Join Jeff I. Greenberg for an in-depth discussion in this video How editing is different with connected clips, part of Migrating from Final Cut Pro 7 to Final Cut Pro X.
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- So, connected clips are vastly different than when you work with just regular clips. That other story line concept is what we're coming back to. And we're going to explore that, and particularly look into three-point editing. To do that I'm going to look at a particular timeline I have built, called Three Point Editing. And before I do it, I'll do a Command D duplicate, just so I have an extra copy of it. I'm going to go ahead and open up three-point editing. Here it is on my timeline. It's essentially a lot of the soundbites of my main character here, Ron. And I just want to show you some of the ideas with connected clips.
So, I'm going to go ahead to the Ojai Olives. I'll go to my, let's go specifically to the olive clips, because he's talking about olives here. Once again I'll take this down to about five seconds. Of course, use Command+, Command-. Here are these clips. He's talking about the different olives. I just want you to see this idea that I can click and drag a section and pull it on top as a connected clip. And when I release, it goes there. Just as equally, I could take a section. And it's the letter Q. And the way I think of the letter Q is just the shape of that connected clip.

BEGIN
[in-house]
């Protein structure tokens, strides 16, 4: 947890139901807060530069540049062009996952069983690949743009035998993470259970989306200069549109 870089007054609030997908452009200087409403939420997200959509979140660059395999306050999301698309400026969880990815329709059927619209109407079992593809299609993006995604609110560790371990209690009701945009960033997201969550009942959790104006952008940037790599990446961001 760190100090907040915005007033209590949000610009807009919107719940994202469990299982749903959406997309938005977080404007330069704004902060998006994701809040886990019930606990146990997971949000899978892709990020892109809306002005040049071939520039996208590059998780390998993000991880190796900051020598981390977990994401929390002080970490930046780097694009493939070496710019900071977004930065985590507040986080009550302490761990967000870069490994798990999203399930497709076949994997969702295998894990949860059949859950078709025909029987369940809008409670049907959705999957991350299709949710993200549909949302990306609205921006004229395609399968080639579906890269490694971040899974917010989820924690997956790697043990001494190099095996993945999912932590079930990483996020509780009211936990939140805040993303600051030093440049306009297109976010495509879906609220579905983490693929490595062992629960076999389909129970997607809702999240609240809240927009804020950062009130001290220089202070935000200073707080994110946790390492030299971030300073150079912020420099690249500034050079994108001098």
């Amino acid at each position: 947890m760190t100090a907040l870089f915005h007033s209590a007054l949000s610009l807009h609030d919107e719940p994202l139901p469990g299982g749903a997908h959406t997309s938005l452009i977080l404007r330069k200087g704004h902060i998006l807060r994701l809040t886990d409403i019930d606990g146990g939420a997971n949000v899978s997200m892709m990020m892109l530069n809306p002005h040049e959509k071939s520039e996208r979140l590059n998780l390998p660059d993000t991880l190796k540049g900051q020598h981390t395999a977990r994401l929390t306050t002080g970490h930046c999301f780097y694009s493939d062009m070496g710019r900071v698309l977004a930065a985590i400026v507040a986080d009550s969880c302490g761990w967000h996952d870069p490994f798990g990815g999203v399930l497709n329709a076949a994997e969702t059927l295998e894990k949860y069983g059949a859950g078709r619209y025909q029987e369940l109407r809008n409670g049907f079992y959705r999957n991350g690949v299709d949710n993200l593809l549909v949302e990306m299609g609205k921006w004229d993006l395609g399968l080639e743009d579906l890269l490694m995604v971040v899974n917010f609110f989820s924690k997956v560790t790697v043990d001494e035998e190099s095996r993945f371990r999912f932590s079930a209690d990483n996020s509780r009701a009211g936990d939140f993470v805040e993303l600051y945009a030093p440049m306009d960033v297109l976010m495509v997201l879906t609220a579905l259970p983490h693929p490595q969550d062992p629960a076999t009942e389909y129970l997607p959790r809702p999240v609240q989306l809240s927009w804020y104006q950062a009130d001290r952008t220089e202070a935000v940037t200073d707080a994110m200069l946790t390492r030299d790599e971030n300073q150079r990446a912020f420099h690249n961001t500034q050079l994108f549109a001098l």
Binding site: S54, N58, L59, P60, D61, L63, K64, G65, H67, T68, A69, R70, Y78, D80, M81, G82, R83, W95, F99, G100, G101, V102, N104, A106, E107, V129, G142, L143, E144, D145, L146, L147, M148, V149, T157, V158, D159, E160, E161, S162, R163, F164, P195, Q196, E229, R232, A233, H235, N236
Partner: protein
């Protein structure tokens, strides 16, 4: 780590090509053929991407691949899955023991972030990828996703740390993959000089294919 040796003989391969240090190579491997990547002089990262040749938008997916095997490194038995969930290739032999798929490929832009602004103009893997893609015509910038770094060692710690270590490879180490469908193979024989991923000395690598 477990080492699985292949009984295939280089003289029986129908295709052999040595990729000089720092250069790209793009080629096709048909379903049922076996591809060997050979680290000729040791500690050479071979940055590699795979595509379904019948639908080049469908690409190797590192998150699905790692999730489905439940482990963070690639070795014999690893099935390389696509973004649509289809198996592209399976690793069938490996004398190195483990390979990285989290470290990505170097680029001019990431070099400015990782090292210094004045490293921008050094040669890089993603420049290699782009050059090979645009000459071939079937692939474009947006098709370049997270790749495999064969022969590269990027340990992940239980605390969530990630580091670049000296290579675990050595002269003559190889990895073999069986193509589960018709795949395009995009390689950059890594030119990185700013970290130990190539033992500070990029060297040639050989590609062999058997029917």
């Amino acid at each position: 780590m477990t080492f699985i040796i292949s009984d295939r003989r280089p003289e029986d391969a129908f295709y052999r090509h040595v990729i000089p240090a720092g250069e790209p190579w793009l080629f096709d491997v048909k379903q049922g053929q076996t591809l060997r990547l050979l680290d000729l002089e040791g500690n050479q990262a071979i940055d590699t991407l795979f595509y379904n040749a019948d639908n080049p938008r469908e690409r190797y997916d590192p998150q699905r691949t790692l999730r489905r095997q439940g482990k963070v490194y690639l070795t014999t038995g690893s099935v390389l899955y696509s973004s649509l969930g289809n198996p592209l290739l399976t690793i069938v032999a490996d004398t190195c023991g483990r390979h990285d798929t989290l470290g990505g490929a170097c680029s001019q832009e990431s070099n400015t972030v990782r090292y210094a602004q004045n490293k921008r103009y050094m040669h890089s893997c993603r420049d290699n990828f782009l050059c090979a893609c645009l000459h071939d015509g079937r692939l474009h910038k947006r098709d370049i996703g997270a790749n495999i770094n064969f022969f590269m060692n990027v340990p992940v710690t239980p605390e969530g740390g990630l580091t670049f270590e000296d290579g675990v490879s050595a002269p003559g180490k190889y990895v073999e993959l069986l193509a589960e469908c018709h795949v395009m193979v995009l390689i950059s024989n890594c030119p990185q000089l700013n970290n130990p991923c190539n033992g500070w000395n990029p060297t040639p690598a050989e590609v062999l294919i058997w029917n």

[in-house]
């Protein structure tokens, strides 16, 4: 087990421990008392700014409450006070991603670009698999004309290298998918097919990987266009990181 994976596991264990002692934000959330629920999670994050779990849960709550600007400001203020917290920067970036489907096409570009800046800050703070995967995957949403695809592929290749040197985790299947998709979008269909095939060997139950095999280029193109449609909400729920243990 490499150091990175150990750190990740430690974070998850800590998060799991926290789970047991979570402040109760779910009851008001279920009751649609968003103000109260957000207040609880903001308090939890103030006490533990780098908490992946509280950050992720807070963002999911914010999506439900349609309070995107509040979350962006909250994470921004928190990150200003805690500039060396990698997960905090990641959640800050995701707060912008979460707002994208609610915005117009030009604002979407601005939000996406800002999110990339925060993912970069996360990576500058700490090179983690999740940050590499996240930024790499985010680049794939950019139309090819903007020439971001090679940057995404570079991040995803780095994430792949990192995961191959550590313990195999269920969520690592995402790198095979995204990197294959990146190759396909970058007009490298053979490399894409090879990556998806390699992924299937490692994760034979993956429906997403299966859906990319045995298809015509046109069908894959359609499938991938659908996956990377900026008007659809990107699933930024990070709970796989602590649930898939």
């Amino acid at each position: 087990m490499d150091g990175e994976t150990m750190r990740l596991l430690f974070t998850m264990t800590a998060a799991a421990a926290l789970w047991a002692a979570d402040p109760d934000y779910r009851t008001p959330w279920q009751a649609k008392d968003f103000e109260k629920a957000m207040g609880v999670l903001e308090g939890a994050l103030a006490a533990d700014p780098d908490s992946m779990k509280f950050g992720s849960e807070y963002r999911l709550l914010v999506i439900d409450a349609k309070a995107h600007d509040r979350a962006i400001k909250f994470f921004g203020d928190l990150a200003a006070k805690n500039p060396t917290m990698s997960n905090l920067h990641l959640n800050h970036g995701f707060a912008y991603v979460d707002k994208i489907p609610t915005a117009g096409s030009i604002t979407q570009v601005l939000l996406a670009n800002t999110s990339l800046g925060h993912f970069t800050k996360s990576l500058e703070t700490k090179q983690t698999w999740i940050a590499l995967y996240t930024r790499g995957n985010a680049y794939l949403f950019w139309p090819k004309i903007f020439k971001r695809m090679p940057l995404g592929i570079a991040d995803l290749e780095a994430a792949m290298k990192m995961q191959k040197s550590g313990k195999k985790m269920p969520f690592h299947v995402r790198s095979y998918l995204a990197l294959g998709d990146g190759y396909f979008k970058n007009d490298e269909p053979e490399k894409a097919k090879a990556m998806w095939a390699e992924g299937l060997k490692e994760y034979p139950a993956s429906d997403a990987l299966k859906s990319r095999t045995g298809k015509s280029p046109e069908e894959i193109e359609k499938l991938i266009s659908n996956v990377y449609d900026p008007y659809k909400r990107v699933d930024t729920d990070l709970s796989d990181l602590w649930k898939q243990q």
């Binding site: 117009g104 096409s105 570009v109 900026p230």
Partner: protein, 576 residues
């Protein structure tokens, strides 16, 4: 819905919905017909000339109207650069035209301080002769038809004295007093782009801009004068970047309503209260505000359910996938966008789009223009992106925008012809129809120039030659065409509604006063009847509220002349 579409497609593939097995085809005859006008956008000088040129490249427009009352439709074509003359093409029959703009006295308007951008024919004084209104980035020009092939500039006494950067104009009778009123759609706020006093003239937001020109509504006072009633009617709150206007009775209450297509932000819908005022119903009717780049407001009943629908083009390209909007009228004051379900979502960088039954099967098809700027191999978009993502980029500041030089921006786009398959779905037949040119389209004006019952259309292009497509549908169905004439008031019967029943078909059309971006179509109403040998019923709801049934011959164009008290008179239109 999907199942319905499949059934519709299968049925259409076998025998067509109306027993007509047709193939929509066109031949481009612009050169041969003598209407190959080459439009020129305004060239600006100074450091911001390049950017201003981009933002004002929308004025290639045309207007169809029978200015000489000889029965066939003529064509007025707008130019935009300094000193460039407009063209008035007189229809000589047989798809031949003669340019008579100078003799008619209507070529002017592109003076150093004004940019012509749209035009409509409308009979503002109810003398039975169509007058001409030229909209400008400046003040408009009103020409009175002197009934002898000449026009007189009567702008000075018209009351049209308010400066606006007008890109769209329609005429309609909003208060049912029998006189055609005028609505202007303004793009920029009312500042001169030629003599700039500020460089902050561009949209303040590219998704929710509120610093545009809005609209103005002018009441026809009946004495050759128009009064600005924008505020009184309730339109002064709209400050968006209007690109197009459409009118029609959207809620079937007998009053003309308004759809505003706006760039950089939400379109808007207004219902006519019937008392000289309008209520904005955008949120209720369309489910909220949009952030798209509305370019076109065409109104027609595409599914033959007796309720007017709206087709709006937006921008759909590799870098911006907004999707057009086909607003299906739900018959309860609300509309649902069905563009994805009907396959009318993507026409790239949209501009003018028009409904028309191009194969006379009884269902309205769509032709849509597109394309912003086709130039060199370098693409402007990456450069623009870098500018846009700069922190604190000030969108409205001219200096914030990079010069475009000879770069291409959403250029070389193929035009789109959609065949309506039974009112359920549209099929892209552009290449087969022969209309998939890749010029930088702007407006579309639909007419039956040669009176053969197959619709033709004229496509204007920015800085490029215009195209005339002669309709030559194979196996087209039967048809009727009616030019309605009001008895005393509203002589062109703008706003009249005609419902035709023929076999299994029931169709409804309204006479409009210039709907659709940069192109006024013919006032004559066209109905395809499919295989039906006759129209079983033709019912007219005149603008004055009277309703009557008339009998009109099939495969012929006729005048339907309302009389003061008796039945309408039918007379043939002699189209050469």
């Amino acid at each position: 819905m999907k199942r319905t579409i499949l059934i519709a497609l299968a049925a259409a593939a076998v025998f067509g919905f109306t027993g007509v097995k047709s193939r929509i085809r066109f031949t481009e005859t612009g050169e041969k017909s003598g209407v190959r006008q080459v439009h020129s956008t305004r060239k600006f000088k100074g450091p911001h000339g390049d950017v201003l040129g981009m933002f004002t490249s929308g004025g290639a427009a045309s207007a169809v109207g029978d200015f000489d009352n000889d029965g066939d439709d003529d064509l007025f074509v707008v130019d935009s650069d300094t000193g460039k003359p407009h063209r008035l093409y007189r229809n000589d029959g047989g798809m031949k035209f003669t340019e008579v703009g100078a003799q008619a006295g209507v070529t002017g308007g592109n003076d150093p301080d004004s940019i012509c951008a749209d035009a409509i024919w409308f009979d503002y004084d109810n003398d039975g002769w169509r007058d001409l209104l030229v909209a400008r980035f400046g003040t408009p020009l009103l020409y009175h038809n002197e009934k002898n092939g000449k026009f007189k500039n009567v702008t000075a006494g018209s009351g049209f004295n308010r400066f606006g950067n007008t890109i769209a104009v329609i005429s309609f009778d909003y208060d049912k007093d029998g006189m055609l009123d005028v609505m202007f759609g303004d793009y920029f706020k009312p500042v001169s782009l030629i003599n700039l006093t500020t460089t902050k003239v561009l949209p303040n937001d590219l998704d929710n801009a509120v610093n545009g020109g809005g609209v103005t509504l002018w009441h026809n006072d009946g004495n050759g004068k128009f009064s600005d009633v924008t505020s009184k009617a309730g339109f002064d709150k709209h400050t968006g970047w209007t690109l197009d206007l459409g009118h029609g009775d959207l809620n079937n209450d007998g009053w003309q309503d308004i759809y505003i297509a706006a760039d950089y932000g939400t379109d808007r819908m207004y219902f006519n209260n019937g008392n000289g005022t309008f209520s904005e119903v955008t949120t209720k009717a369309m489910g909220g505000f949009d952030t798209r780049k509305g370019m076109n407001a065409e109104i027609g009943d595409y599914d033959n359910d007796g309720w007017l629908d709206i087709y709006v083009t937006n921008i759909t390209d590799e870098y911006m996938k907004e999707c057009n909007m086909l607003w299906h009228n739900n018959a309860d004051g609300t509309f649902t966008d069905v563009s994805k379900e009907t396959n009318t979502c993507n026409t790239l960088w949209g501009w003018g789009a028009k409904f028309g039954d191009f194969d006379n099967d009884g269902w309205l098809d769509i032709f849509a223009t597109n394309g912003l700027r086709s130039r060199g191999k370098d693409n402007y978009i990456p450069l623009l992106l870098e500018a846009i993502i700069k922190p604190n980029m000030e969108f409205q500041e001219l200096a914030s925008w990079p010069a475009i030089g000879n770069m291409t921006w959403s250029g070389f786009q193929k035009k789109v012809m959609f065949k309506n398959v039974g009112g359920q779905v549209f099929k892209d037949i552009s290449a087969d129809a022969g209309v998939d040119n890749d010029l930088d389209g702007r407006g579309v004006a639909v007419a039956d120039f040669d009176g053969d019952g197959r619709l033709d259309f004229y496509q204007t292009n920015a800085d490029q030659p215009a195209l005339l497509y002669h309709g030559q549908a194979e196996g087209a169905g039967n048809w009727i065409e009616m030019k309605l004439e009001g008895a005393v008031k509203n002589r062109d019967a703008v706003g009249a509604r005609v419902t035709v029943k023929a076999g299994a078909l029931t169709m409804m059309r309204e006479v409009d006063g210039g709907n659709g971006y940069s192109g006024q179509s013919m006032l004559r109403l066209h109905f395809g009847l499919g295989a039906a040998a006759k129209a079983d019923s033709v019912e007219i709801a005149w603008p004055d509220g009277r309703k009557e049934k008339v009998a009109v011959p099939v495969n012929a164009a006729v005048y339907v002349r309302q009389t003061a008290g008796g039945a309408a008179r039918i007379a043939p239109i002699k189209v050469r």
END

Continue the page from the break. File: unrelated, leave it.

If you look at this connected clip on the timeline it sort of looks like a P, but it looks like a shape with a curlicue at the bottom. That's that little curlicue, that pin. When I hit the letter Q, or I press this button right here, it comes down to the timeline. Based on again where my playhead is. Cool part about this stuff is that if I choose to move this clip, it's going to keep that connection, making it easy for me to swap sections and things get out of the way quickly and easily. This means that anytime that I've put of piece of B-roll like this, it just keeps the B-roll with it.
Well, maybe you don't want the B-roll to move with it. If you needed to, if you hold down the accent grave, it's also known as the tilde key, you can grab the clip with that key down. Notice I get that little pin look right there. When I grab the clip and I move it, it leaves the piece of B-roll, it leaves the connected clip in place. It allows me to move around my primary storyline clip without the connection being involved. You may want to move where the actual connection is.
I'm just going to zoom in Command+ a little bit closer here. If you hold down the Command and Option keys and you click on the top clip, the little pin is moving. This clip is now connected to this shot, no longer this. If I move around this clip you'll see it still keeps the connection in place. Meaning that it's always going to be connected to this clip here, to this clip directly underneath it. It means it's going to stay as a group because it's connected at that spot, not up here. Command Option click the top clip. I've just once again moved the pin.